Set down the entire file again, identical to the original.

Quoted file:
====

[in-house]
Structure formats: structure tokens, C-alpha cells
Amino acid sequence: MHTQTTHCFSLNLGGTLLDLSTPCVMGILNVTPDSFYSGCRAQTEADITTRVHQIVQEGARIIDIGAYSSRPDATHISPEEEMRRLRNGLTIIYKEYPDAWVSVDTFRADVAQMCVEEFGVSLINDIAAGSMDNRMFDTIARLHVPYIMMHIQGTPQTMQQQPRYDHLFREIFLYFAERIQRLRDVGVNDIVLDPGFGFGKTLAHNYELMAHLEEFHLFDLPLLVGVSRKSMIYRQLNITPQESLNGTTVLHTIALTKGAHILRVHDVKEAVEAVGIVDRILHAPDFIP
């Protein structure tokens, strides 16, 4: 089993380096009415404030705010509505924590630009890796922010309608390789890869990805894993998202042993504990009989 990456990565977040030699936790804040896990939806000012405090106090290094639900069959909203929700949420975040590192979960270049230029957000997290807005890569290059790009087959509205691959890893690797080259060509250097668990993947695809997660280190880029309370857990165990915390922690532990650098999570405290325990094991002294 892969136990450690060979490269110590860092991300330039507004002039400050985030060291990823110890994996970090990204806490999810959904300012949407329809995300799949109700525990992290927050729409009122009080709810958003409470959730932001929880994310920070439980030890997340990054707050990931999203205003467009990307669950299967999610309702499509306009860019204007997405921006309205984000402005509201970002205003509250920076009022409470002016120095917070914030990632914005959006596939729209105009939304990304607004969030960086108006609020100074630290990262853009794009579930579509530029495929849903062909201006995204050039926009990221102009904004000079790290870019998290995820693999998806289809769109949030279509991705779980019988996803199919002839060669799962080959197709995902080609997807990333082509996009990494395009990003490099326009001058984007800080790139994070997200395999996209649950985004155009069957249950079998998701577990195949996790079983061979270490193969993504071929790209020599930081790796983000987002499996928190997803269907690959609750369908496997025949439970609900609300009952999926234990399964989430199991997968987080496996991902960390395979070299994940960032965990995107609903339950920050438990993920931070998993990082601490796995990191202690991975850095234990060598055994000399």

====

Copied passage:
[in-house]
Structure formats: structure tokens, C-alpha cells
Amino acid sequence: MHTQTTHCFSLNLGGTLLDLSTPCVMGILNVTPDSFYSGCRAQTEADITTRVHQIVQEGARIIDIGAYSSRPDATHISPEEEMRRLRNGLTIIYKEYPDAWVSVDTFRADVAQMCVEEFGVSLINDIAAGSMDNRMFDTIARLHVPYIMMHIQGTPQTMQQQPRYDHLFREIFLYFAERIQRLRDVGVNDIVLDPGFGFGKTLAHNYELMAHLEEFHLFDLPLLVGVSRKSMIYRQLNITPQESLNGTTVLHTIALTKGAHILRVHDVKEAVEAVGIVDRILHAPDFIP
């Protein structure tokens, strides 16, 4: 089993380096009415404030705010509505924590630009890796922010309608390789890869990805894993998202042993504990009989 990456990565977040030699936790804040896990939806000012405090106090290094639900069959909203929700949420975040590192979960270049230029957000997290807005890569290059790009087959509205691959890893690797080259060509250097668990993947695809997660280190880029309370857990165990915390922690532990650098999570405290325990094991002294 892969136990450690060979490269110590860092991300330039507004002039400050985030060291990823110890994996970090990204806490999810959904300012949407329809995300799949109700525990992290927050729409009122009080709810958003409470959730932001929880994310920070439980030890997340990054707050990931999203205003467009990307669950299967999610309702499509306009860019204007997405921006309205984000402005509201970002205003509250920076009022409470002016120095917070914030990632914005959006596939729209105009939304990304607004969030960086108006609020100074630290990262853009794009579930579509530029495929849903062909201006995204050039926009990221102009904004000079790290870019998290995820693999998806289809769109949030279509991705779980019988996803199919002839060669799962080959197709995902080609997807990333082509996009990494395009990003490099326009001058984007800080790139994070997200395999996209649950985004155009069957249950079998998701577990195949996790079983061979270490193969993504071929790209020599930081790796983000987002499996928190997803269907690959609750369908496997025949439970609900609300009952999926234990399964989430199991997968987080496996991902960390395979070299994940960032965990995107609903339950920050438990993920931070998993990082601490796995990191202690991975850095234990060598055994000399």